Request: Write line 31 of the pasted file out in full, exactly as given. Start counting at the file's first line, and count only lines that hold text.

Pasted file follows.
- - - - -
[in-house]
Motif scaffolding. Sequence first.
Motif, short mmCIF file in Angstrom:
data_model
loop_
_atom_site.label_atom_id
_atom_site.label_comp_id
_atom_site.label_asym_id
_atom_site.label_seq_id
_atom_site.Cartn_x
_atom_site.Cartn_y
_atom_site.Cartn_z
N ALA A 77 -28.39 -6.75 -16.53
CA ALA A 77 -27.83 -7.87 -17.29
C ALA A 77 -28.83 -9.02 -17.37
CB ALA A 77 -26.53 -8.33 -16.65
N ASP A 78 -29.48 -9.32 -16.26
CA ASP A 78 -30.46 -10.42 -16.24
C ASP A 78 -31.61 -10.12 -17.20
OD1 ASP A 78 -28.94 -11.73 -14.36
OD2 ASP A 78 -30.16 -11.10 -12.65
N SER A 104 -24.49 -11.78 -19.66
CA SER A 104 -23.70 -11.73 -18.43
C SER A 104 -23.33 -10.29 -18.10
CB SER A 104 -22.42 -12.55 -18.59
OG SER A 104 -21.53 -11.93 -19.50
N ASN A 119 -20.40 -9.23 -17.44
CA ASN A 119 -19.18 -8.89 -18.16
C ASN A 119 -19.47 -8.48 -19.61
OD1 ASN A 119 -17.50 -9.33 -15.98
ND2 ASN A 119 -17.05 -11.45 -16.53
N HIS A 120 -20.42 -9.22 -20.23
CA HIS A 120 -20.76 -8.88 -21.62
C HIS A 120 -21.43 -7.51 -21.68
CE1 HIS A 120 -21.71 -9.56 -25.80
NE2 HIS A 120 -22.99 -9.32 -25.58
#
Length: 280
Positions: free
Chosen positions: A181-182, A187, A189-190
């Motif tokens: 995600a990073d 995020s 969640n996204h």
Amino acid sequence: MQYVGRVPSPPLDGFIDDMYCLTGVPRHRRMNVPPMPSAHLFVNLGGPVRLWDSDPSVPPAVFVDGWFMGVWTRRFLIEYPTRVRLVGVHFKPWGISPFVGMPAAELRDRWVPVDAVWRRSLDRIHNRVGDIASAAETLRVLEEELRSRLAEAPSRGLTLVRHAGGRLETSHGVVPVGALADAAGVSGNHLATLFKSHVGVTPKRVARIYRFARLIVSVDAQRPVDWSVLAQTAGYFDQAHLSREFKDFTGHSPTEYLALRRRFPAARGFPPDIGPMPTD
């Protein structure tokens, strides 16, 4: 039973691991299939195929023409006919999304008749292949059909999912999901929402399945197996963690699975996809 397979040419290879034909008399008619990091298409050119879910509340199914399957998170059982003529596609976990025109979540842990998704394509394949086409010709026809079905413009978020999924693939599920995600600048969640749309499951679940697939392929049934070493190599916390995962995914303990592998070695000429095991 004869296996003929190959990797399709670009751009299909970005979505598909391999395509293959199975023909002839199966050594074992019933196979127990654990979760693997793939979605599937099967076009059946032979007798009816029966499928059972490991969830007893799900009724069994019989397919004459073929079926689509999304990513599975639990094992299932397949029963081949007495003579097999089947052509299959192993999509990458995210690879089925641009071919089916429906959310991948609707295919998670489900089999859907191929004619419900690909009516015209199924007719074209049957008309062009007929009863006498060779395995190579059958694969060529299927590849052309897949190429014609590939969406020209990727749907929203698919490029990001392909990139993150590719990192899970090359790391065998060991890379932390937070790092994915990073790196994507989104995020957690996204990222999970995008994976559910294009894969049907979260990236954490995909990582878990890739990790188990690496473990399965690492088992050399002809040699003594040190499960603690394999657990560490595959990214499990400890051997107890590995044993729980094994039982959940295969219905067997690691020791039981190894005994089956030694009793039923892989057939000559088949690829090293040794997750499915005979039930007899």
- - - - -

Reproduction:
ND2 ASN A 119 -17.05 -11.45 -16.53